Edit by Emme Martin and Jordan Staggs
With the runways of Paris, Milan, and more beginning to show trends for spring 2024 and beyond, it seems the future is here with a nostalgic twist. Metallic fabrics and accents, bold accessories, solid primary colors, and space-age presentations are very in, according to some of the world’s biggest fashion houses. Let’s levitate into next season!
Beam Me Up
"How does the past influence the future?” This was the ethos of creative director Kim Jones’s exceptional Dior Men’s Summer 2024 collection. The house looked back at tweed, an integral fabric for Dior since the 1950s, but wanted to present it with new, ultra-tailored silhouettes, colors, and jeweled embellishments. “Dotted throughout the collection, we see these really intense, sparkling cabochon embroideries,” Jones also shares. “Something about Mr. Dior’s process, he was often inspired by the jewelry pieces.” Bespoke headwear, neon hues, and mirrored sunglasses added more futuristic touches, as did the presentation itself, during which the models appeared from beneath the silver grid-like floor by way of fifty-one motorized elevators. “I wanted it to be a clean box and almost like an art installation,” Jones says. “Art was an important part of Christian Dior’s life; he was a gallerist before he was a couturier.”
Miuccia Prada and Raf Simons went similarly architectural with their Prada Men’s Spring/Summer 2024 presentation. According to the fashion house, the robust collection proposes “an absolute freedom of the body, expressed through the foundations of the garments that clothe it.” Suits, raincoats, active sportswear, reporter jackets, and accessories paraded through an all-chrome set in Deposito of the Fondazione Prada art center in Milan. It evoked part spaceship, part retro-wave film locale. In addition to the futuristic notions of structure, function, and fluidity, evolution was a central theme. “These clothes are ultimately reflective of our natural state—the dynamic movement and constant transformation inherent to humanity.”
Once and Future Queens
The ladies wearing haute couture are also looking at what’s ahead—and aiming to rule it all. Valentino recently presented “Un Château” at the breathtaking Château de Chantilly just north of Paris. Creative director Pierpaolo Piccioli’s haute couture collection explored “a place as an idea—a representation, a metaphor. Not the château, but “Un Château”—a locale unanchored to geographies or eras, but expressive of an idea of life, a symbol to be analyzed, questioned, then redefined.”
Meanwhile, the royalty in visions of the future by Schiaparelli is a little more dystopian but no less jaw-dropping. Mirrored mosaics on a skirt and jacket, a cowl that could be made of scales, petals, or feathers, and painted-on textures sauntered down the runway alongside dramatic earrings and accessories. The looks, which creative director Daniel Roseberry says are an homage to artists, including Yves Klein, Giacometti, Matisse, Lucian Freud, and others, also look like they could be right at home in the Capitol from The Hunger Games or a Star Wars throne room.
Jacquemus took to the Palace of Versailles for its fall/winter haute couture presentation, and the star power was present on the runway with fashion royals Kendall Jenner, Gigi Hadid, and Deva Cassel on the catwalk for “Le Chouchou” collection by Simon Porte Jacquemus. Guests watched from boats on the reflection pool as the models traipsed along the lawn in ballet-inspired lace, tulle, veils, and puffed silhouettes.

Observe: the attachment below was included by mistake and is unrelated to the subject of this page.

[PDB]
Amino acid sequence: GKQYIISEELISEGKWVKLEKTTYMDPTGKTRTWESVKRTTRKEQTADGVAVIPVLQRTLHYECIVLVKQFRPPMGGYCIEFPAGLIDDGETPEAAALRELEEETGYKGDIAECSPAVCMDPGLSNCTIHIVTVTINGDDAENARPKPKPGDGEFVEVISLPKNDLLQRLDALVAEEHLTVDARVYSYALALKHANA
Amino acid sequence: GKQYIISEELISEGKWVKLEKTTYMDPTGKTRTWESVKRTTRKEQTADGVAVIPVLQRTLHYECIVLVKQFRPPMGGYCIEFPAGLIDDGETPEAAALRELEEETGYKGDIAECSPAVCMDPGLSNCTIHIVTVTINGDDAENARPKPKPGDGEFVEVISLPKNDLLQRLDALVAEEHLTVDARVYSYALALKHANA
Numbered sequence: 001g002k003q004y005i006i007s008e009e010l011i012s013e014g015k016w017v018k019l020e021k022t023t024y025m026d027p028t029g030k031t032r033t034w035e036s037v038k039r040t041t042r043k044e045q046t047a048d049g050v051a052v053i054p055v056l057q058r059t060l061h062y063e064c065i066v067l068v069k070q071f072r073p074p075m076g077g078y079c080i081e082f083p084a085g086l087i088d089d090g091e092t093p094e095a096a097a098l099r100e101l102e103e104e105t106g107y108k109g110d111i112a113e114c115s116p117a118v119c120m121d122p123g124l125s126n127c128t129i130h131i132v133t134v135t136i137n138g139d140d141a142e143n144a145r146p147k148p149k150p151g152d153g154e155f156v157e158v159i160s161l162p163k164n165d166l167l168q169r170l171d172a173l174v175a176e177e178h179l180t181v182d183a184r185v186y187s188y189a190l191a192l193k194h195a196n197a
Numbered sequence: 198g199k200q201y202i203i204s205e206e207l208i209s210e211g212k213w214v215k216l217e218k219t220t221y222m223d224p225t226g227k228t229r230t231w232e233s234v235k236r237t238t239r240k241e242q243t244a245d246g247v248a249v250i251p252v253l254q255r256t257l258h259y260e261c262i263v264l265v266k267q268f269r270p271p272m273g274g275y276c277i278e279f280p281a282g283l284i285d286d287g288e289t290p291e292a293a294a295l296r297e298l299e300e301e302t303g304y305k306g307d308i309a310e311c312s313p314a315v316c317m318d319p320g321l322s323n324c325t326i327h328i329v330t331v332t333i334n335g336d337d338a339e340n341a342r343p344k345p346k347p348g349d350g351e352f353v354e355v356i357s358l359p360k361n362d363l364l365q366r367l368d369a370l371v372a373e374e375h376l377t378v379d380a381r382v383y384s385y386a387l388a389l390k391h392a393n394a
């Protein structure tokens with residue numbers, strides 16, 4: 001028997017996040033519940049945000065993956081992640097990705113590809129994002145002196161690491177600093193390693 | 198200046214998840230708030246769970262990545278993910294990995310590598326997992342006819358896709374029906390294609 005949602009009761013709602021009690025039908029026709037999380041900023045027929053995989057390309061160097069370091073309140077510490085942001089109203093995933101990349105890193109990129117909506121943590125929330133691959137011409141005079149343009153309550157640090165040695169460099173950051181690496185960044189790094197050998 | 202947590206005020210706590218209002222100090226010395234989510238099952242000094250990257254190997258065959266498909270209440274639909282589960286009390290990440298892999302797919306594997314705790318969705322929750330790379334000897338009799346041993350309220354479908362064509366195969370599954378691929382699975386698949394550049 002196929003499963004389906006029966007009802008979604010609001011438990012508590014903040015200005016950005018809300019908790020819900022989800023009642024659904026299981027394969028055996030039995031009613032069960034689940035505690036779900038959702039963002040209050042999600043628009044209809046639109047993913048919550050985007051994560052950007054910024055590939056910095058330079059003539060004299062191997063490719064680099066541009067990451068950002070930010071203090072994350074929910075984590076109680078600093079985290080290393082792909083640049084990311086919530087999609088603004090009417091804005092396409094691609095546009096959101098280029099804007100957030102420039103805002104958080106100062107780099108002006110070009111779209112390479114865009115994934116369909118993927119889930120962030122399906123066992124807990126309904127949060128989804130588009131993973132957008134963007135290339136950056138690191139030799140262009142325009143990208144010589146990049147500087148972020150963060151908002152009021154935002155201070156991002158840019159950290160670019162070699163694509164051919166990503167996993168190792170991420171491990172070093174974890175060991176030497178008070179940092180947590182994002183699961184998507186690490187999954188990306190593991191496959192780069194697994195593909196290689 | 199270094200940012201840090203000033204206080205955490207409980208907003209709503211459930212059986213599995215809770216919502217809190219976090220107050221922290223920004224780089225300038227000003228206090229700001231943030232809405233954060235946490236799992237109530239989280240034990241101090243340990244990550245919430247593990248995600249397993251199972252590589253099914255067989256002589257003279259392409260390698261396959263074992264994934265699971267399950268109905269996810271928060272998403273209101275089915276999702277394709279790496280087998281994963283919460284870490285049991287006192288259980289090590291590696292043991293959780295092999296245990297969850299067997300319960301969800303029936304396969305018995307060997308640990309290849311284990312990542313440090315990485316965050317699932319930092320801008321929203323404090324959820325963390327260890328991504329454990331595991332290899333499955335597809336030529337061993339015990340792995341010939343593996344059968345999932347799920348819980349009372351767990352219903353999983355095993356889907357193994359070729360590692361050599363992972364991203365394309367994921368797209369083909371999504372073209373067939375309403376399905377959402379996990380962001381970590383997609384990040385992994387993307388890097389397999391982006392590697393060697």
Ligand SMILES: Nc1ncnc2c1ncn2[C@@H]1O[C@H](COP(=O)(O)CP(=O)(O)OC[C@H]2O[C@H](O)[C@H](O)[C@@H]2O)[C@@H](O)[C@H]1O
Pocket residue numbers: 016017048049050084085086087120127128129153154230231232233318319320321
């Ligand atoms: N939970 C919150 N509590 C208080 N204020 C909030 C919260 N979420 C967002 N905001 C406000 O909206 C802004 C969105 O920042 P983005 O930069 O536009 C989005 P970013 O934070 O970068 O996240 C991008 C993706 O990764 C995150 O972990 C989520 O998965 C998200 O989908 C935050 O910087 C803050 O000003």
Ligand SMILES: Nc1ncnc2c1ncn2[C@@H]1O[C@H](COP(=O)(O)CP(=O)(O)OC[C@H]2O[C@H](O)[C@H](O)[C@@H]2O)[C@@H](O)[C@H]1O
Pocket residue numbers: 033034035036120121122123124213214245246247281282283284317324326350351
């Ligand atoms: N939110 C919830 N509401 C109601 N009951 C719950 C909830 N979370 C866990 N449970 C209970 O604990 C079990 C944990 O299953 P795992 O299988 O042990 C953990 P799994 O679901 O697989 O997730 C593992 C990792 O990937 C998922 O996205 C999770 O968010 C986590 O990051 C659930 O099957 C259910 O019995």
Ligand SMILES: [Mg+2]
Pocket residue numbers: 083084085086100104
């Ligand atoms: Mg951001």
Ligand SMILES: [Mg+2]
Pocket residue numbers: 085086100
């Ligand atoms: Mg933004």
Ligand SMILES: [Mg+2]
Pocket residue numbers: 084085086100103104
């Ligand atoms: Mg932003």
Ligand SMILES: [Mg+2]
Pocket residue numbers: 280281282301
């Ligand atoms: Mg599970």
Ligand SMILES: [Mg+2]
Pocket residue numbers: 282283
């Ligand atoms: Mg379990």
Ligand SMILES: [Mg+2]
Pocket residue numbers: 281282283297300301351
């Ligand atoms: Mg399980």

Brandon Maxwell Resort 2024 celebrates another futuristic trend: minimalism. This ready-to-wear collection is ruled by simplicity, clean lines, black and white, and solid primary hues. A few glazed leather accent pieces round out a curation of looks that could fit on the streets of any Blade Runner cityscape or a casino in a galaxy far, far away.
Brandon Maxwell Resort 2024 celebrates another futuristic trend: minimalism. This ready-to-wear collection is ruled by simplicity, clean lines, black and white, and solid primary hues.
Also embracing the synth-wave aesthetic is Interior, a New York-based fashion collection boasting “a unique mix of hard-to-find wardrobe staples and pieces that feel more like heirlooms than they do the fleeting styles of the moment.” Interior’s mission is “to be worn wherever and forever.” This Resort 2024 includes a mix of oversized suits, blouses, and sweaters alongside chrome leather and strategically distressed cotton pieces.
Call it the matrix or whatever you like, but Thom Browne might be living in it—or are we all? The designer’s haute couture show was packed, but most of the 2,300 guests were cardboard cutouts seated in Paris’s grand Palais Garnier opera house. The three hundred human audience members sat on stage, the runway before them, up close and personal. Browne says he wanted to “turn the tables” and ensure the audience felt like part of the spectacle. The collection itself was inspired by travel, with train station sounds and luggage being rolled and carted by while models wore utilitarian looks with otherworldly touches.
Browne says he wanted to “turn the tables” and ensure the audience felt like part of the spectacle.
Pharrell’s first menswear collection for Louis Vuitton also brought uniform vibes, along with pixelated fabrics, checkerboards, and—a small utility vehicle delivering suitcases? The iconic fashion house has always been held in high esteem, but critics believe this event may have launched LV into the stratosphere as the music star gilded the Pont Neuf in Paris and shut it down for the evening’s celebrity-studded presentation. Something about it all seems like audiences were living in a metaverse where Pharrell was the king.
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